Let’s Encrypt is a new Certificate Authority (CA) that provides an easy way to obtain and install free TLS/SSL certificates, thereby enabling encrypted HTTPS on web servers. It simplifies the process by providing a software client, Certbot, that attempts to automate most (if not all) of the required steps. Currently, the entire process of obtaining and installing a certificate is fully automated on both Apache and Nginx web servers.
In this tutorial, we will show you how to use Certbot to obtain a free SSL certificate and use it with Nginx on Ubuntu 14.04 LTS. We will also show you how to automatically renew your SSL certificate.
We will use the default Nginx configuration file in this tutorial instead of a separate server block file. We recommend creating new Nginx server block files for each domain because it helps to avoid some common mistakes and maintains the default files as a fallback configuration as intended. If you want to set up SSL using server blocks instead, you can follow this Nginx server blocks with Let’s Encrypt tutorial.
Before following this tutorial, you’ll need a few things.
sudoprivileges. You can learn how to set up such a user account by following our initial server setup for Ubuntu 14.04 tutorial.
example.com, that domain must resolve to your server for the validation process to work. Our setup will use
www.example.comas the domain names, so both DNS records are required.
Once you have all of the prerequisites out of the way, let’s move on to installing Certbot, the Let’s Encrypt client software.
The first step to using Let’s Encrypt to obtain an SSL certificate is to install the
certbot software on your server. The Certbot developers maintain their own Ubuntu software repository with up-to-date versions of the software. Because Certbot is in such active development it’s worth using this repository to install a newer Certbot than provided by Ubuntu.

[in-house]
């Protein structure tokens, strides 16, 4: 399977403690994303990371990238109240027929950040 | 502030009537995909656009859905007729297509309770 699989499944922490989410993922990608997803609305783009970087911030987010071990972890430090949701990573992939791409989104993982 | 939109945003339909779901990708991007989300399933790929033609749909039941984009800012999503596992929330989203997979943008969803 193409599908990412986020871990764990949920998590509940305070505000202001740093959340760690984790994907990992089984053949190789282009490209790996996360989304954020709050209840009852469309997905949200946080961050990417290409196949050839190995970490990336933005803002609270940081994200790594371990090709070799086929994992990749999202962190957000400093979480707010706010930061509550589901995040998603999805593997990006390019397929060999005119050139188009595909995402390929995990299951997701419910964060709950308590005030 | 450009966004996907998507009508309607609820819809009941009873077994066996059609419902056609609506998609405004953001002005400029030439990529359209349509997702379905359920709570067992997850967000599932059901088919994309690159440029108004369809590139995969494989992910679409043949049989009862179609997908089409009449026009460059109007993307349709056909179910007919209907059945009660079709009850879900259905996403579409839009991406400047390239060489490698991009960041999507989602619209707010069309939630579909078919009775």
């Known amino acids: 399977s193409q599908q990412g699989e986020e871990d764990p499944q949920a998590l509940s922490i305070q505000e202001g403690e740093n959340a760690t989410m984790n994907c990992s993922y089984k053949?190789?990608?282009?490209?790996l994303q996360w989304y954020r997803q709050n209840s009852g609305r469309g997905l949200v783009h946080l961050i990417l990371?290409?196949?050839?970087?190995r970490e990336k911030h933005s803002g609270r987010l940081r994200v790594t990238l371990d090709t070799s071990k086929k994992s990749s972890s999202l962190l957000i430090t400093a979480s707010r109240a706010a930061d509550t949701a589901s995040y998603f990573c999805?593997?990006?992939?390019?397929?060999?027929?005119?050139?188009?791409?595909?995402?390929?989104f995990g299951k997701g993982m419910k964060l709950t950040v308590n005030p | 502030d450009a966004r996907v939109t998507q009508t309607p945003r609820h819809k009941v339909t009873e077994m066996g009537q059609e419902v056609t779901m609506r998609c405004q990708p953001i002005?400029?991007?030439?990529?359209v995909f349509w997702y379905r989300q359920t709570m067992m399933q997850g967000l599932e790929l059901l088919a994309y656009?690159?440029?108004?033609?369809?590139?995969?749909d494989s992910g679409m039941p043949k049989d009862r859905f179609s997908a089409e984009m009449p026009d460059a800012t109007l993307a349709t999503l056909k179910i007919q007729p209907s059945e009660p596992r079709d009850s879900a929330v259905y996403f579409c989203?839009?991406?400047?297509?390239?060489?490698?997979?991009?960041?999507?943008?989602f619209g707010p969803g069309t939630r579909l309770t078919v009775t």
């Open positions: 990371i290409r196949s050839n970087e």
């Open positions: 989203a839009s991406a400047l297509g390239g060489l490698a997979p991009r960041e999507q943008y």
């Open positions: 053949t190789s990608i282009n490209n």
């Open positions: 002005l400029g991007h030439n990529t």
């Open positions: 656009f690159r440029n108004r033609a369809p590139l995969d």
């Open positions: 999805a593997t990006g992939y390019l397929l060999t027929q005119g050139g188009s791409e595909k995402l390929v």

First, add the repository:
- sudo add-apt-repository ppa:certbot/certbot
You’ll need to press
ENTER to accept. Afterwards, update the package list to pick up the new repository’s package information:
- sudo apt-get update
And finally, install Certbot with
- sudo apt-get install python-certbot-nginx
certbot Let’s Encrypt client is now ready to use.
Certbot can automatically configure SSL for Nginx, but it needs to be able to find the correct
server block in your config. It does this by looking for a
server_name directive that matches the domain you’re requesting a certificate for. If you’re starting out with a fresh Nginx install, you can update the default config file:
- sudo nano /etc/nginx/sites-available/default
Find the existing
localhost with your domain name:
server_name example.com www.example.com;
Save the file and quit your editor. Verify the syntax of your configuration edits with:
- sudo nginx -t
If that runs with no errors, reload Nginx to load the new configuration:
- sudo service nginx reload
Certbot will now be able to find the correct
server block and update it. Now we’ll update our firewall to allow HTTPS traffic.
Certbot provides a variety of ways to obtain SSL certificates, through various plugins. The Nginx plugin will take care of reconfiguring Nginx and reloading the config whenever necessary:
- sudo certbot --nginx -d example.com -d www.example.com
certbot with the
--nginx plugin, using
-d to specify the names we’d like the certificate to be valid for.
If this is your first time running